Social media is making millennials lonely, says Dr Ruth

'It's a big problem for the relationships'

Olivia Petter
Sunday 10 June 2018 10:58 BST
(Getty Images/iStockphoto)

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Louise Thomas

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World-renowned sex therapist Dr Ruth Westheimer has spoken out about the adverse effects of social media in relation to millennials.

The 90-year-old psychotherapist believes social media is making millennials lonely and impacting their ability to sustain romantic relationships.

Known as “Dr Ruth” across the US, the German-born author explained that the advent of smartphones and excessive use of social media has also inhibited real-life social skills.

“I’m very concerned about loneliness,” she told The Sunday Telegraph.

“People are losing the art of conversation. They’re constantly on their iPhones. You see the couples sit sown in restaurants both with their phone on the table.

“It’s a big problem for the relationships.”

She explained that relationships can be much harder to maintain today “because of the internet”.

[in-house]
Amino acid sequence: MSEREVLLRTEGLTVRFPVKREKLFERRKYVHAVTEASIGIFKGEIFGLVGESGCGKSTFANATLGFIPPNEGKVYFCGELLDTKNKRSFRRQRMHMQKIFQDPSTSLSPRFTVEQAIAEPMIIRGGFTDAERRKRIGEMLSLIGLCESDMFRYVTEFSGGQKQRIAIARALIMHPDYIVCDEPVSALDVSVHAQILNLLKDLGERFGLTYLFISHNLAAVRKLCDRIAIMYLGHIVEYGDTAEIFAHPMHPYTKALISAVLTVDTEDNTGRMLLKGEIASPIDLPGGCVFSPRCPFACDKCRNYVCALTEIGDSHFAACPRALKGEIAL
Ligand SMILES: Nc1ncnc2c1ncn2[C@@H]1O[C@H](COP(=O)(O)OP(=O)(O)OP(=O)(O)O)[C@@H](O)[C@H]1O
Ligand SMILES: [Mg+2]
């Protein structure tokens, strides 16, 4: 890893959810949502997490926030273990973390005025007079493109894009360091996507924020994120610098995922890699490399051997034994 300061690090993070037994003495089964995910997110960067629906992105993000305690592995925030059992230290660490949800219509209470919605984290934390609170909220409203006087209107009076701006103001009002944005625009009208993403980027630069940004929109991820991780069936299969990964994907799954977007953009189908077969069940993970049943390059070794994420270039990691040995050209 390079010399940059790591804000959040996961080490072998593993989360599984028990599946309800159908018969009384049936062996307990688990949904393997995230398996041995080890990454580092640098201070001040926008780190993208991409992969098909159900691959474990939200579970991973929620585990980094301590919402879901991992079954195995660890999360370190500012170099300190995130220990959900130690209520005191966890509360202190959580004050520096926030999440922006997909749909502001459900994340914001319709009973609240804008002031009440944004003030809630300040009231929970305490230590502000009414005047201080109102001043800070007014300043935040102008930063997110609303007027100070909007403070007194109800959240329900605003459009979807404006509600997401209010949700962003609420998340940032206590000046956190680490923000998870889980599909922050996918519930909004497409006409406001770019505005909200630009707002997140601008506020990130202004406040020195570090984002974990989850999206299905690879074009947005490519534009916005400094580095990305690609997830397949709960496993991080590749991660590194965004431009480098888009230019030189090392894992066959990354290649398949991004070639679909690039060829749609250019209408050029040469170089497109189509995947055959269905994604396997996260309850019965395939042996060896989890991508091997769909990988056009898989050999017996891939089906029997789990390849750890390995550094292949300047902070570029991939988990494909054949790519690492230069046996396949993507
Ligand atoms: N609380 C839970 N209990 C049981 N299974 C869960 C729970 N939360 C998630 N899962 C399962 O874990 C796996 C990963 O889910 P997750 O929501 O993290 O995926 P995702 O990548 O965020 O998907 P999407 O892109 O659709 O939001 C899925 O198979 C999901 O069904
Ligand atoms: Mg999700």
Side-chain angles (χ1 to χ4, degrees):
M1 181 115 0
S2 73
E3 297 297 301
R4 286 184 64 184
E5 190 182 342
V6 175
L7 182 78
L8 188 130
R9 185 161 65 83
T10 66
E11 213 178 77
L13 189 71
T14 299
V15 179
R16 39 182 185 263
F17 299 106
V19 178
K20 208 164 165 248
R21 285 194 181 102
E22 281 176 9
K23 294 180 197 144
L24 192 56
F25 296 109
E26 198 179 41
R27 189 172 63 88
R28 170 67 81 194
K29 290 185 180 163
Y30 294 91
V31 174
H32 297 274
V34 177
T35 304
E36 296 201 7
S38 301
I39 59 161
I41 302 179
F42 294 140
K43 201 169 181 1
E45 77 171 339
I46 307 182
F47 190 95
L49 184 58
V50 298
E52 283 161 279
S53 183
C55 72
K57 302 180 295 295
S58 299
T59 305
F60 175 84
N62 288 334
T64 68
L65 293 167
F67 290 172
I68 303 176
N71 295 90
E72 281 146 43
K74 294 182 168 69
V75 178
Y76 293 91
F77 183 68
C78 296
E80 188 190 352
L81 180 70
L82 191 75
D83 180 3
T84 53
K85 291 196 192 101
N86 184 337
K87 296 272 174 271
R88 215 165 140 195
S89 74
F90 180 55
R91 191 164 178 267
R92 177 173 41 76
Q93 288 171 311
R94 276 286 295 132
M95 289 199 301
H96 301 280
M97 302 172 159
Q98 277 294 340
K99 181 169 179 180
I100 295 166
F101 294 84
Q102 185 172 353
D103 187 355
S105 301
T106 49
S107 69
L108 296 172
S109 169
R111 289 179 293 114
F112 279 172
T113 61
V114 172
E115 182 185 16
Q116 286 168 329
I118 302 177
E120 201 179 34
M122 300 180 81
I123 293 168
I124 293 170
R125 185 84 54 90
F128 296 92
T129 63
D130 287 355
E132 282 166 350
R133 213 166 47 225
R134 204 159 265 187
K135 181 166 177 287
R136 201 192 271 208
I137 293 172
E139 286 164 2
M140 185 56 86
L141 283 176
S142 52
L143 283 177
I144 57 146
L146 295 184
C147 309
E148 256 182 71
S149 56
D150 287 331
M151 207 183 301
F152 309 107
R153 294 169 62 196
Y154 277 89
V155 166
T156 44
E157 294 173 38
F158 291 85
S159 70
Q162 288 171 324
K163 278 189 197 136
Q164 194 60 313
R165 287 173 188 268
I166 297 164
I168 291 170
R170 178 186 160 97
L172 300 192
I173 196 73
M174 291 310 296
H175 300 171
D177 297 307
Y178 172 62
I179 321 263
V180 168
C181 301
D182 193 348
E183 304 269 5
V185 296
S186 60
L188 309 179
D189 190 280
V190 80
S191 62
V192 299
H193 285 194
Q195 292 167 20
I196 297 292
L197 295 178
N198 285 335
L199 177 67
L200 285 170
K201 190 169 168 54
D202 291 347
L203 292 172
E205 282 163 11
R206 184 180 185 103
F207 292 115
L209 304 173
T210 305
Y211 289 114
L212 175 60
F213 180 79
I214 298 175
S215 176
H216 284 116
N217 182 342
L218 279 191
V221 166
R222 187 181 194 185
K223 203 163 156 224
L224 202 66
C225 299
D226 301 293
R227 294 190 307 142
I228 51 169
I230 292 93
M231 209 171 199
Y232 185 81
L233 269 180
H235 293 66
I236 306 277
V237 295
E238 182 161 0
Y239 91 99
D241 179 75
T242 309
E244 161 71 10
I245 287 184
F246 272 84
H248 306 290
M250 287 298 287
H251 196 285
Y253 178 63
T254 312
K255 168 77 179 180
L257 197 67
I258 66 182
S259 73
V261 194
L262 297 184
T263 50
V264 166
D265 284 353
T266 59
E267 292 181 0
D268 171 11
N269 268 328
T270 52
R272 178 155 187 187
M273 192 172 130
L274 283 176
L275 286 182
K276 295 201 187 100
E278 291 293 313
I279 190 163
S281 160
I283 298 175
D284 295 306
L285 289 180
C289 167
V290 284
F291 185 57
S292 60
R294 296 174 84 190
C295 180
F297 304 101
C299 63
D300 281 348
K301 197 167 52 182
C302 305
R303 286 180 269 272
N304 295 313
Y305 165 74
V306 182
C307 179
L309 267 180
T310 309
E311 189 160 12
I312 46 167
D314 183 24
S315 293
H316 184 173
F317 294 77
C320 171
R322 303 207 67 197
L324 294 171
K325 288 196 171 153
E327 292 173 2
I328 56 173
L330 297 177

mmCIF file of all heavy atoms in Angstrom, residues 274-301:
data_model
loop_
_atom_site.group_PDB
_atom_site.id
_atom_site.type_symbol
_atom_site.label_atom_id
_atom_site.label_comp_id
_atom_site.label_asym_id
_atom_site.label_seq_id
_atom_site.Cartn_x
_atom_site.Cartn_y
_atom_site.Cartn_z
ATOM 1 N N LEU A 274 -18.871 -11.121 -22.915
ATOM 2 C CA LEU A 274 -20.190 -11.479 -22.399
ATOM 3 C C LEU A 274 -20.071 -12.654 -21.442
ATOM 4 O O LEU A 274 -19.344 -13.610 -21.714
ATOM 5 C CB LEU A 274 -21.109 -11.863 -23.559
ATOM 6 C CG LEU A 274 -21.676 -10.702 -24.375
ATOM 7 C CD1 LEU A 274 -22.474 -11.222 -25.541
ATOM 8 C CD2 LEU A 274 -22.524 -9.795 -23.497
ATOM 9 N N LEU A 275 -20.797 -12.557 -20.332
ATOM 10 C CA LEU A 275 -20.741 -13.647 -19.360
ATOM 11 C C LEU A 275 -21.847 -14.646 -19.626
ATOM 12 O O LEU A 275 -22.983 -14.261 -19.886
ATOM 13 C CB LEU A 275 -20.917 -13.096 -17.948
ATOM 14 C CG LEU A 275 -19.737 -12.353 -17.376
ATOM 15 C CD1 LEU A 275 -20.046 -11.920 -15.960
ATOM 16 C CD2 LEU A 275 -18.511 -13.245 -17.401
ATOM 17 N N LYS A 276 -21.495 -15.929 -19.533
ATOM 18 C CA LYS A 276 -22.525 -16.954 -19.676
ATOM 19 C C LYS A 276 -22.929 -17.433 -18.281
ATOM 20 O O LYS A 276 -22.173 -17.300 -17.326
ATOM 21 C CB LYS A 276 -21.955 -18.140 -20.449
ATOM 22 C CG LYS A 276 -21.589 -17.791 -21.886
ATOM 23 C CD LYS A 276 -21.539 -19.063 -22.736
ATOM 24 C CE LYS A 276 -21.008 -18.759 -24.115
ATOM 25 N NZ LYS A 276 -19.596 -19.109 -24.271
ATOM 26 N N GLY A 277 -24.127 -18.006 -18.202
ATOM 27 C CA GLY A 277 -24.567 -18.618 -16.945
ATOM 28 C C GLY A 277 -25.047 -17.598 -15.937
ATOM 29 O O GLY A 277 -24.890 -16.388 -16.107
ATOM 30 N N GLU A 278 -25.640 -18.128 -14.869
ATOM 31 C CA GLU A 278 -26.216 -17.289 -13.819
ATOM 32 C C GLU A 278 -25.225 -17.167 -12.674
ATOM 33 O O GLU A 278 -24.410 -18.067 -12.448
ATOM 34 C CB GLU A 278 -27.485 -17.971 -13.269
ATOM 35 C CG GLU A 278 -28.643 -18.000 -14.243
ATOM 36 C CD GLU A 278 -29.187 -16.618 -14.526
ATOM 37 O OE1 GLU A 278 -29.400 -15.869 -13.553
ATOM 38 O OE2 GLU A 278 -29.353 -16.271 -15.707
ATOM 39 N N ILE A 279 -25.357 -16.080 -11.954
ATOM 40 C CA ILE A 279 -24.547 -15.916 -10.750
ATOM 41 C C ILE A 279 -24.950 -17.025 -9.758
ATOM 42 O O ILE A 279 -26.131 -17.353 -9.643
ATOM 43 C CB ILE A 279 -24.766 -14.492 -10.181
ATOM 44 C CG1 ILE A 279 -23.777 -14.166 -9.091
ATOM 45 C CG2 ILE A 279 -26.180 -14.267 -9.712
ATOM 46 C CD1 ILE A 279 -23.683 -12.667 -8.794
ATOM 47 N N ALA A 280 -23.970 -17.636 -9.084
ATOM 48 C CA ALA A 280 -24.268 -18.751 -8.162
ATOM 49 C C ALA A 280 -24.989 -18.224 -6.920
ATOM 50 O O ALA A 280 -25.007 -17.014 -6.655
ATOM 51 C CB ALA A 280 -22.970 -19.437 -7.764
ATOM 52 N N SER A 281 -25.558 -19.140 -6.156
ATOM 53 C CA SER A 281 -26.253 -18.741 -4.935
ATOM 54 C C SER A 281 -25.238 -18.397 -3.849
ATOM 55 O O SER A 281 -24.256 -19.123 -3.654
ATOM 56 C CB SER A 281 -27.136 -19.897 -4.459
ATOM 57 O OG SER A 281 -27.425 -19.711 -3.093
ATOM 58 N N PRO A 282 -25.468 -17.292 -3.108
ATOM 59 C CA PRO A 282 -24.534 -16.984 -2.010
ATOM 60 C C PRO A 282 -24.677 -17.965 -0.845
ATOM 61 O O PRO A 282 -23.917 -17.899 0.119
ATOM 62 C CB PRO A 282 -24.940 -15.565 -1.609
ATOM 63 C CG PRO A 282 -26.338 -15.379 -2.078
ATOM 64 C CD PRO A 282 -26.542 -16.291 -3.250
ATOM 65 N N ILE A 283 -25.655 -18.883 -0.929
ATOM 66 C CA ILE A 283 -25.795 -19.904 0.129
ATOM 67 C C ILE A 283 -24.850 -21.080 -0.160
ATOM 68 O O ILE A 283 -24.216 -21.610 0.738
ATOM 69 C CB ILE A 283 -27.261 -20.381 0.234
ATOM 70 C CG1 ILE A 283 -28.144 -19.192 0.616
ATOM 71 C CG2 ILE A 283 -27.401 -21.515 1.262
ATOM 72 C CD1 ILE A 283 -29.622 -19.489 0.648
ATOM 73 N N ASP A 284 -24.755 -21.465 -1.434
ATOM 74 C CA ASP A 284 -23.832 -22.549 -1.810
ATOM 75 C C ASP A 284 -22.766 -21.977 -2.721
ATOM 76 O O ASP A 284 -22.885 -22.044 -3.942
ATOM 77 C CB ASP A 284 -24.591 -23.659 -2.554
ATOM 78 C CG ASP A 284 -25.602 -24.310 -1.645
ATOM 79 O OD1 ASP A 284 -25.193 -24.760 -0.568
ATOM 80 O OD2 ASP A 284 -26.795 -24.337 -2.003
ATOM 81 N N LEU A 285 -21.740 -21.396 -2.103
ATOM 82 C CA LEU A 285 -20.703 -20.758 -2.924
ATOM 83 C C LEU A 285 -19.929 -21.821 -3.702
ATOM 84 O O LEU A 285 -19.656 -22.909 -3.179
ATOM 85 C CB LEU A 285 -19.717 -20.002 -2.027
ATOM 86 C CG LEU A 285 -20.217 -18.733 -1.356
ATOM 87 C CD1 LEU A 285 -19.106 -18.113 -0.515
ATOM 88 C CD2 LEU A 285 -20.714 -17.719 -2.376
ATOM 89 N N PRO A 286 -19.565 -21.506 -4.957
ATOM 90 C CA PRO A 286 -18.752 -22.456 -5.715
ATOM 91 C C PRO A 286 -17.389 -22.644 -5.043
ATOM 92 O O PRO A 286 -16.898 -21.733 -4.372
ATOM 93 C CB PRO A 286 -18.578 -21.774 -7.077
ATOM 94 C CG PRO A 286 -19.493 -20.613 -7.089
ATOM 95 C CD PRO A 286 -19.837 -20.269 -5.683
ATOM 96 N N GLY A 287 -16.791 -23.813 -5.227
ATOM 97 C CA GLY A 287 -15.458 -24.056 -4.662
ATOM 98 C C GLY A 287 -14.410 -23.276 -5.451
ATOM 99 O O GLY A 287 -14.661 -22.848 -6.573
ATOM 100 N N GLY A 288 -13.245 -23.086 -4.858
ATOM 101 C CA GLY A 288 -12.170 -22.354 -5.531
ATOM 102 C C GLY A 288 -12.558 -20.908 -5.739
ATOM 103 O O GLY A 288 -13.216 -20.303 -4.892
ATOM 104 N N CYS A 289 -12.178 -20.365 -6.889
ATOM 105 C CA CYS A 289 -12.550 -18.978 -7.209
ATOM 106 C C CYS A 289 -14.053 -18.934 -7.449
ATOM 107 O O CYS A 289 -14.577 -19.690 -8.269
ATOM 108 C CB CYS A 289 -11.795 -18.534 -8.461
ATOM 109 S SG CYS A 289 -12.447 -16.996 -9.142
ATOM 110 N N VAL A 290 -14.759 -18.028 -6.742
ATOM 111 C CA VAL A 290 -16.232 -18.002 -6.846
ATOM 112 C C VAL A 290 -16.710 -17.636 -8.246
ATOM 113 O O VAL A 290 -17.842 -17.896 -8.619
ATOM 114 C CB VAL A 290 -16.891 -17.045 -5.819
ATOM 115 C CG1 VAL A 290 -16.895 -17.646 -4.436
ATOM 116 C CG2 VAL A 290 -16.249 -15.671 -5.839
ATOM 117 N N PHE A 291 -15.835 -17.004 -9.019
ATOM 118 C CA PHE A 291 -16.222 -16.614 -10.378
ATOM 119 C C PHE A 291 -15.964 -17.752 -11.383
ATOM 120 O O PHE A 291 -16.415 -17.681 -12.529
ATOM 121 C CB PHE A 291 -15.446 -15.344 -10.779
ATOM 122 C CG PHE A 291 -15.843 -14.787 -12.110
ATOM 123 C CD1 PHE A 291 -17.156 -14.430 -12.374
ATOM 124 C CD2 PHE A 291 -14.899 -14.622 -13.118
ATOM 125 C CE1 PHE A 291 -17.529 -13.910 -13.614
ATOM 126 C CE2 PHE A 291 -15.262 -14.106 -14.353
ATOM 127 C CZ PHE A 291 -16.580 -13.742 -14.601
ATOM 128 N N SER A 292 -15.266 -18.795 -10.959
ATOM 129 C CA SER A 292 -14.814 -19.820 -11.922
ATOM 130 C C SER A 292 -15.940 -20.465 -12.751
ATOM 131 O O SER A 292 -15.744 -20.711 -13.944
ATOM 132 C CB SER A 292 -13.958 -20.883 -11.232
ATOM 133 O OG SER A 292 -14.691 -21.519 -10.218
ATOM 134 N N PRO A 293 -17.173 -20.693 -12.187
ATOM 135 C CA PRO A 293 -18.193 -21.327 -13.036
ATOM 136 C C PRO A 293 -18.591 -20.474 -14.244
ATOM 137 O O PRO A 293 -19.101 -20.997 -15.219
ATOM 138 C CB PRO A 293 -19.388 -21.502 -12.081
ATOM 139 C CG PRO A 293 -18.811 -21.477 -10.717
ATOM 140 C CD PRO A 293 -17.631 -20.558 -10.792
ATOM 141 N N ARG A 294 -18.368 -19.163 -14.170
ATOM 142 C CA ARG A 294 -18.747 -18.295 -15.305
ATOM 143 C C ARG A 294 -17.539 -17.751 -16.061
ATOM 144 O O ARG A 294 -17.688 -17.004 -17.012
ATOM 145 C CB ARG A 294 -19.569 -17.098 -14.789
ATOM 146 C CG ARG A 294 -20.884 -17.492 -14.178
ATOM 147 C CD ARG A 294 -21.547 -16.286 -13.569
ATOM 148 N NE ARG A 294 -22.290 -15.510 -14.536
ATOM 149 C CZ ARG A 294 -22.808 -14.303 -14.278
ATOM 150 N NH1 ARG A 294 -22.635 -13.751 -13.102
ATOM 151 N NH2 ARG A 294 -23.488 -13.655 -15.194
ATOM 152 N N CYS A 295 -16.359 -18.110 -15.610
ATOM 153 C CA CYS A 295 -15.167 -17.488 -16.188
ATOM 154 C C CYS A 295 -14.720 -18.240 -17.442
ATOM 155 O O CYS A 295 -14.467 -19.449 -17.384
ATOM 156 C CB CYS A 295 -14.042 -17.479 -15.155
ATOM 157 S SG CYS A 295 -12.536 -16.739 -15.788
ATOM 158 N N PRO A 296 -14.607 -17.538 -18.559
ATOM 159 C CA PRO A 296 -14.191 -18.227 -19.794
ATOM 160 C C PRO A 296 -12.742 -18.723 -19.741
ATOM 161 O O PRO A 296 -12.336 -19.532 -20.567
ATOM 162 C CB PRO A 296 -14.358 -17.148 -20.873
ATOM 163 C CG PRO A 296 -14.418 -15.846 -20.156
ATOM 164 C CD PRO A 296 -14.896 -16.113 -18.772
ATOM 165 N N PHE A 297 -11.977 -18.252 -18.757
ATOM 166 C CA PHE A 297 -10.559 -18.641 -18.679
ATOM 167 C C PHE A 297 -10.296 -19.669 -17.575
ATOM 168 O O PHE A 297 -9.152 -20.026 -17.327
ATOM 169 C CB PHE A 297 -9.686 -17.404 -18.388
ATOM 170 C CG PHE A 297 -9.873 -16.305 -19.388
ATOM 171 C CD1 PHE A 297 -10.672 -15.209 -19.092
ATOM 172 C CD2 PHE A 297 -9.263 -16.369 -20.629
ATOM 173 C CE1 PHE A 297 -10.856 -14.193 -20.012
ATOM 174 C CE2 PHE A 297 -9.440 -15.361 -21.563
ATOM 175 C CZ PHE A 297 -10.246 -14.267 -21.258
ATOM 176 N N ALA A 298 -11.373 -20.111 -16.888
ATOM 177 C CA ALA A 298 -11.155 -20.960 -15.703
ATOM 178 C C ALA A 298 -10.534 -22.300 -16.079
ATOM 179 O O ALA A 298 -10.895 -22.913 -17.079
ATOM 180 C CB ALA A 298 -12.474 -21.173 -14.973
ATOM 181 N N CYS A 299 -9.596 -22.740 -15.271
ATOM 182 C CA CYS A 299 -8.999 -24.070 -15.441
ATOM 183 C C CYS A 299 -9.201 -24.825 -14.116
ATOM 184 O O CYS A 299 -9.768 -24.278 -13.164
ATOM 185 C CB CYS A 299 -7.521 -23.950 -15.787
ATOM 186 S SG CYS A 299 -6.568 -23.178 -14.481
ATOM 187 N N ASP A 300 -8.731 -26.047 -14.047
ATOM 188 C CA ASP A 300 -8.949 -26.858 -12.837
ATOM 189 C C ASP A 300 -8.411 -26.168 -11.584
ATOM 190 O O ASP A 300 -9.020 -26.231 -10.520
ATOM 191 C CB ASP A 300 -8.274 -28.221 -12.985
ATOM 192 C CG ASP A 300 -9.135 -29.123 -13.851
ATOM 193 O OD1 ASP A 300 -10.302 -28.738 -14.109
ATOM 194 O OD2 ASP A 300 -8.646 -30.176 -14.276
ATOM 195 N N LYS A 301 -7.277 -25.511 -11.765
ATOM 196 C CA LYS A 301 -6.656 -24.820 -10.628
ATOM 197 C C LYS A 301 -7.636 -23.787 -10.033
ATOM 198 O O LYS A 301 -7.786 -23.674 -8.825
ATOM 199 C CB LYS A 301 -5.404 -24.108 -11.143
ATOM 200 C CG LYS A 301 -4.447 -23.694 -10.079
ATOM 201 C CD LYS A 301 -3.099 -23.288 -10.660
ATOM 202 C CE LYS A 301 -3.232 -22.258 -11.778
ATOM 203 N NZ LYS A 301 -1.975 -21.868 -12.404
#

“It gives people unreasonable expectations like that a Prince Charming will come riding in on a horse,” she added.

Using the Duke and Duchess of Sussex as an example, Westheimer described Meghan Markle as “lucky” to have found and married Prince Harry in the current climate.

After taking a break from television, she revealed she will be hosting a new programme along with a younger male co-host aimed at tackling the problem of millennials and loneliness, adding that young people need an “old-fashioned” voice.

Westheimer hopes that the programme will encourage millennials to spend less time online, and refocus their energies on finding human connections in real life.

The US icon is widely-acclaimed for her many books on the topic of sex and sexual therapy.

Her claims come after figures published by the Office for National Statistics revealed that 2.4 million adult British residents – of all ages – suffer from chronic loneliness.

Meanwhile, a recent study published in the journal Psychological Medicine found that lonely millennials are more likely to experience mental health problems than the general population.

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